Naxos drive

Take a drive around Naxos and the first thing that will surprise you is just how big the island is. Part of the Cyclades group of islands, with Mykonos to the north and the volcanic crater of Santorini to the south, Naxos appears on a map to be a typical small island; one which you could comfortably circle in a day’s driving. Don’t be fooled though; with winding mountain roads linking the small towns, many of which you’ll want to stop in and take a look around, it would take several days of exploring to see the best of Naxos.

So what is a reasonable plan for a day out in a rental car? We started from Naxos town and set off to the village of Ano Sagkri. From here it’s a gentle walk across fields to the ruins of the Temple of Dimitra – once an important site of worship on the island and now undergoing very slow restoration. It’s a fabulous setting, especially against the backdrop of the mountains to the east.

From here we made our way to Damalas, where we stopped at a local pottery workshop. The drill is familiar – walk in, watch a pot being made, go to the shop. While the owner Manolis, who represents the fourth generation in a long family line of potters, does show us his work, there’s something about his dusty showroom, random display and warm, disarming smile that made even this old cynic open his wallet and buy a wine jug to carry home.


The nearby villages of Halki and Filoti are tourist honeypots, with craft shops, cafes and restaurants tucked in among the narrow, pretty streets. The air was noticeably cooler here than on the coast, no doubt a welcome breeze in the summer months. Either village will make a good lunch stop, before moving on again and heading for the hills.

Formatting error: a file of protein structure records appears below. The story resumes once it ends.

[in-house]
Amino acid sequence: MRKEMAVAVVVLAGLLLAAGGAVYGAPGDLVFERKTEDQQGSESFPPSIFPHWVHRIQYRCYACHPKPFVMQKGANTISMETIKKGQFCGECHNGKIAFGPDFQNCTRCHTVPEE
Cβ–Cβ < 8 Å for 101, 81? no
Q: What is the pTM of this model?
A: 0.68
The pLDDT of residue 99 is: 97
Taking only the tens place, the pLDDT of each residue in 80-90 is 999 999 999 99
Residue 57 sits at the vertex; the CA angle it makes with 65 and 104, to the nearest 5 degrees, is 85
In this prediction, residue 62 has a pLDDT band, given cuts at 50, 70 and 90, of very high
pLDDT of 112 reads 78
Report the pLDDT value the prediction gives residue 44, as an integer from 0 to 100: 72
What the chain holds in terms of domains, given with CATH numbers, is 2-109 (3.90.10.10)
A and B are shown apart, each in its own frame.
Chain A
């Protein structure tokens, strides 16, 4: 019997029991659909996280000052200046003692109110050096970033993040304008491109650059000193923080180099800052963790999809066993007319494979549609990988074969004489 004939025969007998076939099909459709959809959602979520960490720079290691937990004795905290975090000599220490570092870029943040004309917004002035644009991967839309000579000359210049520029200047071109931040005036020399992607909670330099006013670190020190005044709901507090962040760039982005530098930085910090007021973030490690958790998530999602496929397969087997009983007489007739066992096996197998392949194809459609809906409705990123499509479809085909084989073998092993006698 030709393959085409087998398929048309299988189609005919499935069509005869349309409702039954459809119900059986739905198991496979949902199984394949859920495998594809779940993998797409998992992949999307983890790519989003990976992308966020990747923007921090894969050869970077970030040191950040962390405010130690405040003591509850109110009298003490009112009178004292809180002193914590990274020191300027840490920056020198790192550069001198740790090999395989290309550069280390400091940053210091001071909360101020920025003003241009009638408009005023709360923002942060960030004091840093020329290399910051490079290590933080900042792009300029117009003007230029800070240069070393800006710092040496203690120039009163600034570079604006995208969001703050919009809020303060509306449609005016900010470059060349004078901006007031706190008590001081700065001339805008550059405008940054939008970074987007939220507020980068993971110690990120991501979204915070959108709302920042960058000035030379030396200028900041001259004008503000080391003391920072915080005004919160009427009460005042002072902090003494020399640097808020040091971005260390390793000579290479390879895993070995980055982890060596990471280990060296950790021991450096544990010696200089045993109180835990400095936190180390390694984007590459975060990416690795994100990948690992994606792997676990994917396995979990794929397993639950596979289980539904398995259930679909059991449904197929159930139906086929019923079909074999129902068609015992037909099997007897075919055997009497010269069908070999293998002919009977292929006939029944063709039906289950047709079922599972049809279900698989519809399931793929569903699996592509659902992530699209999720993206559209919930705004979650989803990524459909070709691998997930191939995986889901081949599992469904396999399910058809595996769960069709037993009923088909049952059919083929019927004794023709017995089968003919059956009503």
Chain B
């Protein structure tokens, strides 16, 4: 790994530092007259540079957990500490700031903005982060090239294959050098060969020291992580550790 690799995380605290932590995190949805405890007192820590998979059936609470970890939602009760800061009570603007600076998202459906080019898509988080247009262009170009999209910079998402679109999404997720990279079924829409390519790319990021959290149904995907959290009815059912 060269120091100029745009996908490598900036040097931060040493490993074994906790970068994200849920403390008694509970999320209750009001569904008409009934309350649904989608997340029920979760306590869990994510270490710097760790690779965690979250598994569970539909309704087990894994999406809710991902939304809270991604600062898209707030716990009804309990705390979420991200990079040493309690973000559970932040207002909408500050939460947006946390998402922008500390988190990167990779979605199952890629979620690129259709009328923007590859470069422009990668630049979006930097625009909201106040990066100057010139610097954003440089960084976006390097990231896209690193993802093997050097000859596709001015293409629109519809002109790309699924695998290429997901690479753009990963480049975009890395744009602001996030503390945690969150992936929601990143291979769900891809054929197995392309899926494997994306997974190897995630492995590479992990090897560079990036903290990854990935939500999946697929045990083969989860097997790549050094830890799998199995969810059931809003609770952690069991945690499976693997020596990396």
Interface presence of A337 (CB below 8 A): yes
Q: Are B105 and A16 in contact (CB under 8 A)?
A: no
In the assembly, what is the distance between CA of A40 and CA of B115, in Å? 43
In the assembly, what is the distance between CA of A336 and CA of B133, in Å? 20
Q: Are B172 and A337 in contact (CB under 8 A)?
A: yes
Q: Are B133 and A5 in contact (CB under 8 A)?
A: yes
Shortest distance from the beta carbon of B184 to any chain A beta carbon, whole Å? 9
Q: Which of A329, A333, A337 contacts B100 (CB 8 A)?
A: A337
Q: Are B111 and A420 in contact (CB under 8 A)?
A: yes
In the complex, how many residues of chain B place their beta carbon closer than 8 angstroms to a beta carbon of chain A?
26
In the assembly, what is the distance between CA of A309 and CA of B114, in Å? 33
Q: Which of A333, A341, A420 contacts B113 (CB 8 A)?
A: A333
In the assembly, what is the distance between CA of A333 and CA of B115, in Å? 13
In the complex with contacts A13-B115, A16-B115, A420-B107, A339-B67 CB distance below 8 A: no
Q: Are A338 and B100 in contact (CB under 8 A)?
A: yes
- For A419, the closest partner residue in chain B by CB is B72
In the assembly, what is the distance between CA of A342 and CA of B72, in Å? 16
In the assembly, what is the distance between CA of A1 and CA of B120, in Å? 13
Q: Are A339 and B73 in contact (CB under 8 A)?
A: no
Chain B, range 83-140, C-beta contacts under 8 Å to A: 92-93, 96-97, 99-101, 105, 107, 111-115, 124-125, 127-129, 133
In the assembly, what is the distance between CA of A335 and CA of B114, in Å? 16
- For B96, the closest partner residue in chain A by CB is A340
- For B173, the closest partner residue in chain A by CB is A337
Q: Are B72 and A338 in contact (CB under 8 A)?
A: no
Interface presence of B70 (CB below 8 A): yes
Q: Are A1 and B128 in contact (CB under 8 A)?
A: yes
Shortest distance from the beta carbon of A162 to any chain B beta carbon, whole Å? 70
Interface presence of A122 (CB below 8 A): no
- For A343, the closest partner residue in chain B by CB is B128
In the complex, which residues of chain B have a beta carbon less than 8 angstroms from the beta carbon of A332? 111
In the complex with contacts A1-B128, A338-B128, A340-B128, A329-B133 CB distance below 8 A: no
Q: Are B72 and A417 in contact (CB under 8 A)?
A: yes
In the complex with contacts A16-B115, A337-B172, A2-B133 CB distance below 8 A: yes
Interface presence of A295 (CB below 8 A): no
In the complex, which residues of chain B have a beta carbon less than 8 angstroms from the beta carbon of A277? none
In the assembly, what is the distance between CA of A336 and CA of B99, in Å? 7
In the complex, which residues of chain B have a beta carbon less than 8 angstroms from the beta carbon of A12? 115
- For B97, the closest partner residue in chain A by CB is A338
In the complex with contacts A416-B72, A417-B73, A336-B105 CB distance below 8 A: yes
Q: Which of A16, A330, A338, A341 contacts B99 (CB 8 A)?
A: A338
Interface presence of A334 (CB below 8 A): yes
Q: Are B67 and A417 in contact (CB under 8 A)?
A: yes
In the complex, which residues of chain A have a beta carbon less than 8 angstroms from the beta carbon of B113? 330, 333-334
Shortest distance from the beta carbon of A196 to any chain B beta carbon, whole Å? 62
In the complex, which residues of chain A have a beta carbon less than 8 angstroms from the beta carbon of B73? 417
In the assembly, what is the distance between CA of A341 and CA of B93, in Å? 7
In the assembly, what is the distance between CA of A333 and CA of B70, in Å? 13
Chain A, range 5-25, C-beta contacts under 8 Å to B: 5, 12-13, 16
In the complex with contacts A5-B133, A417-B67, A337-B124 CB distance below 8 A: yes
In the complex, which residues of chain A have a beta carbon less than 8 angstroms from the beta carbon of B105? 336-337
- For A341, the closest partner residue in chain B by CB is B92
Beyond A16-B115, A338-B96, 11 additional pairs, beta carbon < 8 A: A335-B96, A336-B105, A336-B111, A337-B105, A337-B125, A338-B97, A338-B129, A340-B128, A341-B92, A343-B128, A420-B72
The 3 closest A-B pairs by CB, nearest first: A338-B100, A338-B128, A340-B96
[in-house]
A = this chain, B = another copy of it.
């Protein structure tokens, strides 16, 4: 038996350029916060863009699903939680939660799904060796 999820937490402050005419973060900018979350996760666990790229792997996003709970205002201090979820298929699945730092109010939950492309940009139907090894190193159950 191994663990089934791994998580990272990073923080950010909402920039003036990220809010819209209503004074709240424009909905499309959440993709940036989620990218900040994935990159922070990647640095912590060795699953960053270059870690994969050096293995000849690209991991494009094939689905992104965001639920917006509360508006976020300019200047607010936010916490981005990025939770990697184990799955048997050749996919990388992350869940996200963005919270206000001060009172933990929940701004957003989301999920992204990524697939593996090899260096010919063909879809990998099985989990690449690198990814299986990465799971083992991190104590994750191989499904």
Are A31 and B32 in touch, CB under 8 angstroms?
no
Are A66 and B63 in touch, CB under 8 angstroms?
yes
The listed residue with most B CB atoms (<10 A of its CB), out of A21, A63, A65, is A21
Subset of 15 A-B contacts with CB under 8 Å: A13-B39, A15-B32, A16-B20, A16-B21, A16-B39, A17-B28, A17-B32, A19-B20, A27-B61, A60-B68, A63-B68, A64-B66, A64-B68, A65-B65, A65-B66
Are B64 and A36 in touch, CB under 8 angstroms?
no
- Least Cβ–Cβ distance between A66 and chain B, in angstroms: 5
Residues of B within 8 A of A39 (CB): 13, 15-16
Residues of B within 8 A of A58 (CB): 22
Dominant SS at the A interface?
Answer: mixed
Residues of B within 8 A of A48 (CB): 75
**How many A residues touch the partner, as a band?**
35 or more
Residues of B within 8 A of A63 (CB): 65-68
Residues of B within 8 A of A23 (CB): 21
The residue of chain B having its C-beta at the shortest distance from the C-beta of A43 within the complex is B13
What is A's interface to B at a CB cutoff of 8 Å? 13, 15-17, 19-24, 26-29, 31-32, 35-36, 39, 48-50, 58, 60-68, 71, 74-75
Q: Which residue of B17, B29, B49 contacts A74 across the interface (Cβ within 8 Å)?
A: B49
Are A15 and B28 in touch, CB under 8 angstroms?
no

Those with a desire to climb Mount Zas, the highest peak on Naxos, will need to make a separate day trip. A short climb with an outstanding reward can be found by turning off the main road and stopping at the roadside near Danakos. From here it’s a 30 minute climb along a marble path to reach the monastery of Fotadotis. A glorious old ruin set in a delightful valley, you could easily sit on the grass or on one of the stone walls and decide to end the day here.

But we must move on. Apeiranthos is one of the highlights of Naxos and well worth allowing at least an hour to wander around the tightly-packed whitewashed houses set along the miniature marble lanes. From here the mountain pass leads through the villages of Koronos and Koronida, dramatically set into the hillsides, before eventually taking you down to the coast at Apollonas.


Stop at Apollonas to admire the largest of Naxos’ three kourai (large stone figures built around 2500 years ago) and stay awhile at the pretty harbour, a great place to relax and have a drink or a snack before the 45 minute drive back to town. You’ll have had a busy day, covered around 100 km, and yet when you look at the map you’ll see that you’ve covered less than half of this ‘small’ island.